'And they're off!' A new city devolution package, and forcing brownfield development, first out of the gates from the not so new look DCLG
When the Queen’s Speech was delivered on 27 May 2015 for the opening of the first majority Conservative government in 13 years, one of the things we were promised was the greater devolution of powers to local authorities to allow for the creation of a “northern powerhouse”. We certainly didn’t have to wait long.
Waiting in the wings was the Cities and Local Government Devolution Bill 2015 which, just a day later, had its first reading in the House of Commons. The Bill makes provision for the election of mayors within combined authorities, who would take on a wide range of powers, including assuming statutory planning powers.
The idea of decentralising power and enabling local people to make decisions in their areas is something that the previous government was keen to pursue. At the end of 2014 a report entitled "The Implications of Devolution for England" was presented to Parliament and set out the government’s desire to “increase the powers of local institutions, enhance local accountability and transparency, reduce barriers that prevented people doing things for themselves and reduce bureaucratic and regulatory burdens” allowing communities to respond to different challenges and to meet local needs.
Leading the field in this regard is Greater Manchester who have already reached a separate agreement within their draft spatial framework. This will allow a city-wide elected metro mayor to be appointed who will oversee development in the ten local authorities which make up the Greater Manchester area.
The Cities and Local Government Devolution Bill 2015 will see these powers made available to other combined authorities , without the need to prepare a separate statutory framework, as Greater Manchester have done.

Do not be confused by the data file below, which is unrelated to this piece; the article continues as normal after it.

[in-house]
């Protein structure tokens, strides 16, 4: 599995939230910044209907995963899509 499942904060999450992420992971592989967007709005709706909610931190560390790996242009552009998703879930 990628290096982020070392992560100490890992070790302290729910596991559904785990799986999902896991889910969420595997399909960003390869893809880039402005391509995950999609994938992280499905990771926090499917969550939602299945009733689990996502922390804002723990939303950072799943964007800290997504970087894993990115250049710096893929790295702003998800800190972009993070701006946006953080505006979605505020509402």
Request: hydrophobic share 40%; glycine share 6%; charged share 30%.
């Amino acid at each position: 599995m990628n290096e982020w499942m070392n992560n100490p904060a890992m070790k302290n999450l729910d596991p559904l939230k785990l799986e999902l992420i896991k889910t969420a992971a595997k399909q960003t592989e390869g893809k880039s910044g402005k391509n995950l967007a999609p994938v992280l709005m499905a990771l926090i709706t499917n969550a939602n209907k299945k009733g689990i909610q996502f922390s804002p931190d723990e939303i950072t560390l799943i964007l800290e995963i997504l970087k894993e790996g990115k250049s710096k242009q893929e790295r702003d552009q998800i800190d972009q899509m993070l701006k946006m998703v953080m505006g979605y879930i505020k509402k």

Another of the coalition government’s promises, which appears to have not lost any traction in the present administration, is the promise to utilise brownfield sites for housing. Following hot on the heels of the Devolution Bill, the proposed Housing Bill will seek to introduce a statutory register for brownfield land, to help achieve the target of getting Local Development Orders (LDO) in place on 90% of suitable brownfield sites by 2020.
An LDO sets out at quite a high level what quantum and type of development is acceptable on a particular site, giving some certainty for potential developers. LDOs were used historically for mostly industrial sites, and large scale regeneration following the Second World War; it is yet to be seen whether LDOs can again be successfully utilised to address the nation’s housing crisis.
A number of pilot projects are now underway, with the support of DCLG funding. However, even if these are successful, concerns have already been raised as to the impact on resources of Councils to achieve the 90% figure put forward by the government. LDOs are Council generated orders; without the active and financial support of would be developers, the powers may simply flounder in the face of wider cuts coming down the track.
These two examples of the potential future of planning under a conservative government aren’t exactly surprising. Many have praised Greg Clark’s appointment as Secretary of State for Communities and Local Government for the continuity it will provide. Clark played a pivotal role in the introduction of the Localism Act 2011 and the development of the National Planning Policy Framework during his time as Minister for Decentralisation. More recently his position at the Department for Business, Innovation and Skills saw him responsible for regional growth and devolution.
It therefore seems highly likely that we will see the coalition government’s work in the sphere of planning carried forward and built upon by Clark over the next five years.